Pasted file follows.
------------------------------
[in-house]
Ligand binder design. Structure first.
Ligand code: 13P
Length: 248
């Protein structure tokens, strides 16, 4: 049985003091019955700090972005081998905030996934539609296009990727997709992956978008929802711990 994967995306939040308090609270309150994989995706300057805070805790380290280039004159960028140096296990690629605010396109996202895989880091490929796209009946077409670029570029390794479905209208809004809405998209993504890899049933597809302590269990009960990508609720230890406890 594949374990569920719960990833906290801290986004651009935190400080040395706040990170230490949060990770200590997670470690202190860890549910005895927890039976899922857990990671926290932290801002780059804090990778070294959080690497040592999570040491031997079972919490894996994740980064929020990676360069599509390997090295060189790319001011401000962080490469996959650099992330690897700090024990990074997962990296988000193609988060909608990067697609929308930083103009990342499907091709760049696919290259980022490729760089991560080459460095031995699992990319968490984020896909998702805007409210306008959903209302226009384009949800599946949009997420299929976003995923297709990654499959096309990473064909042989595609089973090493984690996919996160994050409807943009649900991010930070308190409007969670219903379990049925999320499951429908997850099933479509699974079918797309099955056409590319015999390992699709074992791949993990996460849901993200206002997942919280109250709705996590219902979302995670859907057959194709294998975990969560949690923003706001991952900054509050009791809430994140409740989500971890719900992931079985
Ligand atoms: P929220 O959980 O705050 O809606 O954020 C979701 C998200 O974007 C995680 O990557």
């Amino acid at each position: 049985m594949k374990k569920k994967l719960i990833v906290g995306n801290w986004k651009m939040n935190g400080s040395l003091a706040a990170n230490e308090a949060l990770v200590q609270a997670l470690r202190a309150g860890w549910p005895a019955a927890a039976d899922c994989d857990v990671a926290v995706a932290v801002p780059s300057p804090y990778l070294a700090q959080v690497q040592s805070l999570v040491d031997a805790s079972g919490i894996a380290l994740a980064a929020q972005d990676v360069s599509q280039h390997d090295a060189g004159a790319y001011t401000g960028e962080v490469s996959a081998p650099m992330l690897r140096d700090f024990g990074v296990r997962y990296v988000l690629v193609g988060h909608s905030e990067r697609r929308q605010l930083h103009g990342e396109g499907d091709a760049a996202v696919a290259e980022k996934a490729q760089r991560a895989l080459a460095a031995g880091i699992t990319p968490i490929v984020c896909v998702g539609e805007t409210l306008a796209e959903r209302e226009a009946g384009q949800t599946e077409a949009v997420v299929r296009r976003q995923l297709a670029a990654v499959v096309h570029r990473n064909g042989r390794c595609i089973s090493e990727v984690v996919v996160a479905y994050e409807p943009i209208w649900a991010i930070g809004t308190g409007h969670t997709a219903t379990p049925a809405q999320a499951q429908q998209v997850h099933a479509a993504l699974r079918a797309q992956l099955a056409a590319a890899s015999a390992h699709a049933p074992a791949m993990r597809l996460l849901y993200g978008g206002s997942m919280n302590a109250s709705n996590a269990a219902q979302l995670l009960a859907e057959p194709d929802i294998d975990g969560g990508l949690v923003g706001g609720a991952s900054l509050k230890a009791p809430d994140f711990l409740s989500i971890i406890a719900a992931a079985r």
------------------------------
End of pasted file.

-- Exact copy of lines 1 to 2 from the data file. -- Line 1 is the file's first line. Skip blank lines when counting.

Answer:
[in-house]
Ligand binder design. Structure first.